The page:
Madoff Backer Merkin Claims $41 Million in 740 Park Fire Losses

(Bloomberg) -- J. Ezra Merkin, the hedge-fund operator who invested more than $2 billion of his clients’ money in Bernard Madoff’s Ponzi scheme, sued his home insurer for $41 million in artwork and other items damaged in a 2016 fire at his 740 Park Avenue duplex.

Merkin, 67, and his wife, Lauren Merkin, sued AIG Property Casualty Co. in state court in Manhattan Monday. Their abbreviated, two-page court filing didn’t specify the pieces of art that were allegedly damaged. Merkin sold a $310 million art collection, including a number of Rothkos, in 2009 as part of deal with then New York Attorney General Andrew Cuomo in anticipation of a state lawsuit that later settled.

AIG did not immediately respond to a request for comment.

The 2016 fire started in the sauna of the Merkins’ apartment in the building, one of New York’s most exclusive and costly. The prewar co-op’s residents have included John D. Rockefeller, Jacqueline Kennedy Onassis, David Koch and Blackstone Group co-founder Steve Schwarzman. Former Merrill Lynch Chief Executive Officer John Thain listed his apartment in the building in 2018 for $39.5 million.

Merkin met Madoff in the 1980s and ran so-called feeder funds that poured investor money into the con man’s fraudulent securities. Irving Picard, the New York lawyer who has spent more than a decade suing to recover funds for Madoff’s victims, accused Merkin of turning a “blind eye“ to the fraud in order to profit from a scheme that cost investors $19 billion when it collapsed in 2008.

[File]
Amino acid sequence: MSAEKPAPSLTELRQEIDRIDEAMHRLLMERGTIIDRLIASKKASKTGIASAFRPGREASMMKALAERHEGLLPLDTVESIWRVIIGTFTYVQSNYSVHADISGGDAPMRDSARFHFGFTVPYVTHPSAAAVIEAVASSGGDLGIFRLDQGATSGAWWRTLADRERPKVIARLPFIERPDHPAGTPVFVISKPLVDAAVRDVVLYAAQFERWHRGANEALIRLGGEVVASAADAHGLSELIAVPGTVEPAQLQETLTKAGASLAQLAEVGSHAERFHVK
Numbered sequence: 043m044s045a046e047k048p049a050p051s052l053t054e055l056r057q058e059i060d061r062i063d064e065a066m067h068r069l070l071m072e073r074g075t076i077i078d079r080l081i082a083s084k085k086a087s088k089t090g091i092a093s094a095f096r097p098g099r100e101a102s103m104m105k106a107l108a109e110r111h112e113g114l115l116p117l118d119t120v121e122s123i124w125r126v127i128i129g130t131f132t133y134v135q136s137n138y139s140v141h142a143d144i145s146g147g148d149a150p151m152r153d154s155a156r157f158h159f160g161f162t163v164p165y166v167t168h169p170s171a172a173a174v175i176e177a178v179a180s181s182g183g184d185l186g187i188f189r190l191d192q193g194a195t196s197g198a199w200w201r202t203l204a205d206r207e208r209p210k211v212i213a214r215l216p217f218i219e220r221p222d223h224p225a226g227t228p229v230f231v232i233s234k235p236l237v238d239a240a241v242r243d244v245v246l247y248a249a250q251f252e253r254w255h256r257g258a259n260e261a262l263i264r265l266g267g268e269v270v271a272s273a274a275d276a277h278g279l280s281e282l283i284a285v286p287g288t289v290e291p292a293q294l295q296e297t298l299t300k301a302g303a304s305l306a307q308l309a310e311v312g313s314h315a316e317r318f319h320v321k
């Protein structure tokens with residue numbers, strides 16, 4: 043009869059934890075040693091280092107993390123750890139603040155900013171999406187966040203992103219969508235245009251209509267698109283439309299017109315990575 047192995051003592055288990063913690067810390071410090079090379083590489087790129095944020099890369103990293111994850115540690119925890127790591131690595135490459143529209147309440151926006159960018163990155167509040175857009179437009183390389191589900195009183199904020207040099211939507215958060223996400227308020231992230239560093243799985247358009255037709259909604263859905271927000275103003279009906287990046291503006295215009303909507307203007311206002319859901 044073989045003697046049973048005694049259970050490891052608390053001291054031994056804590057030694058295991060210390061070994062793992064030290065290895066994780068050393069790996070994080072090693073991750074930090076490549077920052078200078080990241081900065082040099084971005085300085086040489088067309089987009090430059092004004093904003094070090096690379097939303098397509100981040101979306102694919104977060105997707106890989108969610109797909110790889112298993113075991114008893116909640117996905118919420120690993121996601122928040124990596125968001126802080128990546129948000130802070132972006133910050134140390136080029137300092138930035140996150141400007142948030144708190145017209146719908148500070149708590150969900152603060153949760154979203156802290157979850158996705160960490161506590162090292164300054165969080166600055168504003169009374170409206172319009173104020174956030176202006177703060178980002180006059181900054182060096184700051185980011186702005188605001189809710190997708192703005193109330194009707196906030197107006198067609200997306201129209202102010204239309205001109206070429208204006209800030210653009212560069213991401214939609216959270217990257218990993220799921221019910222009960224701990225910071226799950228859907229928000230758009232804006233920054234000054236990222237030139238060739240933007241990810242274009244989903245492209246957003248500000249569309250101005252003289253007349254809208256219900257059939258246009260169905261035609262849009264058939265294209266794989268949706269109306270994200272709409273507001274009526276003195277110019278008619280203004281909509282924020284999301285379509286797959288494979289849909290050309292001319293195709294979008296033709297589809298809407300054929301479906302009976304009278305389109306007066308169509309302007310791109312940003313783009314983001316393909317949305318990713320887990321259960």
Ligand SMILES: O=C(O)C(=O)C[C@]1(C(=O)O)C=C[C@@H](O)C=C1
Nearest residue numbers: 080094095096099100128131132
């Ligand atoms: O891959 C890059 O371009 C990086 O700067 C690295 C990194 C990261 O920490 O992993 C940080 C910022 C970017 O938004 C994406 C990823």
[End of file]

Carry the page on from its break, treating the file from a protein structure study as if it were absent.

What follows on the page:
In response, Merkin claimed he was a victim too, noting he lost $110 million of his own money. Merkin agreed to pay $280 million to settle Picard’s claims in 2018.

Madoff, 82, is serving a 150-year sentence in federal prison in North Carolina. A judge in New York this month denied Madoff’s request for compassionate release, based on a claim that he is terminally ill. U.S. Circuit Judge Denny Chin, who sentenced Madoff in 2009, said in a ruling that “it was fully my intent that he live out the rest of his life in prison.”

The case is Merkin v. AIG Property Casualty Co., New York State Supreme Court (Manhattan).

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